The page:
Diaz doesn’t tiptoe around the nature of his chubby, nerdy protagonist: “Oscar,” he writes, “was a social introvert who trembled with fear during gym class.” It’s popular Junior who narrates the story, giving us the unusual perspective of an apparent extrovert observing minutely the life of an introvert. Though Oscar actually craves interpersonal intimacy — specifically a girlfriend — the general social scene holds only fear for him. Comfort means reading sci-fi or writing pages and pages of elaborate fantasy stories. Oscar Wao probes the painful dilemma of the shy introvert: He longs for deep relationships, but doesn’t have the ease with casual socializing that might lead to one (a problem only complicated by his conventionally unappealing looks and niche interests).
The sensitive, observant narrator of Proust’s classic novel shares his inner life and recollections with us so thoroughly that we seem to be inside his mind. He recalls with great fondness the simplest of pleasures — even the taste of a madeleine in tea is so powerful to him that it can trigger waves of nostalgia — suggesting that he is acutely affected by everything in his environment. His attachments are fervent, and he can’t even fall asleep happily as a child without a kiss goodnight from his mother. Meanwhile, the prose moves deliberately, carefully, showing a dedication to careful thought. Perhaps most importantly, you have to be eager to spend hours and hours alone with a book in order to finish this novel — it’s a long one.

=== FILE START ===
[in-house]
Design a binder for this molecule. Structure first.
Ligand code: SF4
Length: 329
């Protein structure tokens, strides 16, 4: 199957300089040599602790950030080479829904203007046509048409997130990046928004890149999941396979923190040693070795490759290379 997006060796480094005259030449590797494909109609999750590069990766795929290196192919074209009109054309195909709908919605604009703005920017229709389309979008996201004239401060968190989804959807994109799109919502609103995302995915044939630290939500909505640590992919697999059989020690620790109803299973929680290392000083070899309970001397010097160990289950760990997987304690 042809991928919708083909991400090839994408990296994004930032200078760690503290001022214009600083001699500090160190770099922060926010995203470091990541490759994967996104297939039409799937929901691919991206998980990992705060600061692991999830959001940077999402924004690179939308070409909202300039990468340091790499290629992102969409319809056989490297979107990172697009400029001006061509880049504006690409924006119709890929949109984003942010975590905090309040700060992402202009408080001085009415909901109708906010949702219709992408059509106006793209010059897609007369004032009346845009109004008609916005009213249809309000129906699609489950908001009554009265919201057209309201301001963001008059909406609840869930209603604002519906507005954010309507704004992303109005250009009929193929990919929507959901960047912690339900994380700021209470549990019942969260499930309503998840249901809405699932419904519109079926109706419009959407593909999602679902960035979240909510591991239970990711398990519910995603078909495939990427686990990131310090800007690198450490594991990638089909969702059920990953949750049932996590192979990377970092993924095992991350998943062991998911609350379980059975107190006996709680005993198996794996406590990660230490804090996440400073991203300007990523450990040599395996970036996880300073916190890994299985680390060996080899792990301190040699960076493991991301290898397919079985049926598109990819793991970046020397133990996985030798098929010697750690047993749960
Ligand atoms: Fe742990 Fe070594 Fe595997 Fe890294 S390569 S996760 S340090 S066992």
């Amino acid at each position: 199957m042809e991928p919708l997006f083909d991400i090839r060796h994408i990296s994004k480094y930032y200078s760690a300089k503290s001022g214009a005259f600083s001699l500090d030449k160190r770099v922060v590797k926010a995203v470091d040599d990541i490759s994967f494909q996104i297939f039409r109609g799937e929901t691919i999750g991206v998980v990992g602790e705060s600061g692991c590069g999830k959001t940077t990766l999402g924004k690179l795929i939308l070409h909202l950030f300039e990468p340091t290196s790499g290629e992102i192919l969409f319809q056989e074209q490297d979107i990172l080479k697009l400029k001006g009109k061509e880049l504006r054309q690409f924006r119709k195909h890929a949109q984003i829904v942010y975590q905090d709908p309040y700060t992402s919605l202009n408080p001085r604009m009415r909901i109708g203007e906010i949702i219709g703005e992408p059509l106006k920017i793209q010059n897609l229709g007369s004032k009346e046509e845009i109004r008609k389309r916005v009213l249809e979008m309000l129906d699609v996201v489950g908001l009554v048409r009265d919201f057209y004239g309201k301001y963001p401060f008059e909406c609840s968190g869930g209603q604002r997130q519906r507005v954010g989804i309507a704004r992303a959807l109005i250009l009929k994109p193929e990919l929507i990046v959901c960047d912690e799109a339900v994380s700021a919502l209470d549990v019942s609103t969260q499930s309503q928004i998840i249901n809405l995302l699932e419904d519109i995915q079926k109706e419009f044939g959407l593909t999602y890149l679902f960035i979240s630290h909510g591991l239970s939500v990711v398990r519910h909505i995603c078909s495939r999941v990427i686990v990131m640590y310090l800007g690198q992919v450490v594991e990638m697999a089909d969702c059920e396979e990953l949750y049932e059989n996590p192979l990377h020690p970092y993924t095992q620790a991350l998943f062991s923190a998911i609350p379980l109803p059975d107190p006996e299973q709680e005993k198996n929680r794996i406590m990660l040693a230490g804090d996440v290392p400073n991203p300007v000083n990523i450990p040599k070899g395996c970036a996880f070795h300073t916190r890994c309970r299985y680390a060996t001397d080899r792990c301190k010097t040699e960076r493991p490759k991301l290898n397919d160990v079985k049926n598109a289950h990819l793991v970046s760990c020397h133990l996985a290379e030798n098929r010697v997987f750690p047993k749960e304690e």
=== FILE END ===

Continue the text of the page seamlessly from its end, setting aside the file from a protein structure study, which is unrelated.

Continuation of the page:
We hope you’ve enjoyed this list of books introverts should read!
It’s the spook-spookiest time of the year! Celebrate all-things Halloween literary style with these thirteen creepy poems!
1. “The Rime of the Ancient Mariner”by Samuel Taylor Coleridge